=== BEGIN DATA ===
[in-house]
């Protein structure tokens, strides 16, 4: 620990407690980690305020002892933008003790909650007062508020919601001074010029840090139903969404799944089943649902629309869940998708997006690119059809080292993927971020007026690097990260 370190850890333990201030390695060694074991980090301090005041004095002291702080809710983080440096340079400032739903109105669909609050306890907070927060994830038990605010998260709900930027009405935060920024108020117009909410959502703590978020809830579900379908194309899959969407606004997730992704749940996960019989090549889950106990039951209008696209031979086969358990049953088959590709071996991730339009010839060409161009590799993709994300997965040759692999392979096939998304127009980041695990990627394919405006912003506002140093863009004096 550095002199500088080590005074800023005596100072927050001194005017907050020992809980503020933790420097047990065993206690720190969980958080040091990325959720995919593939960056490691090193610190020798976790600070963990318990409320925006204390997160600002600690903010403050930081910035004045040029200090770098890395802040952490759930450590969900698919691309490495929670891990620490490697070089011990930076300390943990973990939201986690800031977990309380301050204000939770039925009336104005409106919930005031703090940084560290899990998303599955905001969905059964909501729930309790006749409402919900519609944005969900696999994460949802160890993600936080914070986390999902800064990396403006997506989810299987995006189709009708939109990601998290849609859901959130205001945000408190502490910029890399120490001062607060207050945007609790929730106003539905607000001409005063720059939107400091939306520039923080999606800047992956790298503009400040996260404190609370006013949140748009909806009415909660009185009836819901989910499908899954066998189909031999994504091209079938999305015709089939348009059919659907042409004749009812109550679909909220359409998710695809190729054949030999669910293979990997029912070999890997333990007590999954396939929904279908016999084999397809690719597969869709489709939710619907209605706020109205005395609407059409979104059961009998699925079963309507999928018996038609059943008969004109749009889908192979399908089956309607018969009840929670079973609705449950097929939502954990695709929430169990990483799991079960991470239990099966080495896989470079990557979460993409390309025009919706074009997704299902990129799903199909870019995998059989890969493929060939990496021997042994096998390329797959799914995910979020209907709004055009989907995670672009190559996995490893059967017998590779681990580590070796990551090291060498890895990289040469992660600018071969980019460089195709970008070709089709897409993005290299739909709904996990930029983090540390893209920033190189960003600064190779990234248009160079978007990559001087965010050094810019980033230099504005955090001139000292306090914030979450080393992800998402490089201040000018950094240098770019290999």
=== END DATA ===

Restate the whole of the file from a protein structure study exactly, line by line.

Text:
[in-house]
């Protein structure tokens, strides 16, 4: 620990407690980690305020002892933008003790909650007062508020919601001074010029840090139903969404799944089943649902629309869940998708997006690119059809080292993927971020007026690097990260 370190850890333990201030390695060694074991980090301090005041004095002291702080809710983080440096340079400032739903109105669909609050306890907070927060994830038990605010998260709900930027009405935060920024108020117009909410959502703590978020809830579900379908194309899959969407606004997730992704749940996960019989090549889950106990039951209008696209031979086969358990049953088959590709071996991730339009010839060409161009590799993709994300997965040759692999392979096939998304127009980041695990990627394919405006912003506002140093863009004096 550095002199500088080590005074800023005596100072927050001194005017907050020992809980503020933790420097047990065993206690720190969980958080040091990325959720995919593939960056490691090193610190020798976790600070963990318990409320925006204390997160600002600690903010403050930081910035004045040029200090770098890395802040952490759930450590969900698919691309490495929670891990620490490697070089011990930076300390943990973990939201986690800031977990309380301050204000939770039925009336104005409106919930005031703090940084560290899990998303599955905001969905059964909501729930309790006749409402919900519609944005969900696999994460949802160890993600936080914070986390999902800064990396403006997506989810299987995006189709009708939109990601998290849609859901959130205001945000408190502490910029890399120490001062607060207050945007609790929730106003539905607000001409005063720059939107400091939306520039923080999606800047992956790298503009400040996260404190609370006013949140748009909806009415909660009185009836819901989910499908899954066998189909031999994504091209079938999305015709089939348009059919659907042409004749009812109550679909909220359409998710695809190729054949030999669910293979990997029912070999890997333990007590999954396939929904279908016999084999397809690719597969869709489709939710619907209605706020109205005395609407059409979104059961009998699925079963309507999928018996038609059943008969004109749009889908192979399908089956309607018969009840929670079973609705449950097929939502954990695709929430169990990483799991079960991470239990099966080495896989470079990557979460993409390309025009919706074009997704299902990129799903199909870019995998059989890969493929060939990496021997042994096998390329797959799914995910979020209907709004055009989907995670672009190559996995490893059967017998590779681990580590070796990551090291060498890895990289040469992660600018071969980019460089195709970008070709089709897409993005290299739909709904996990930029983090540390893209920033190189960003600064190779990234248009160079978007990559001087965010050094810019980033230099504005955090001139000292306090914030979450080393992800998402490089201040000018950094240098770019290999």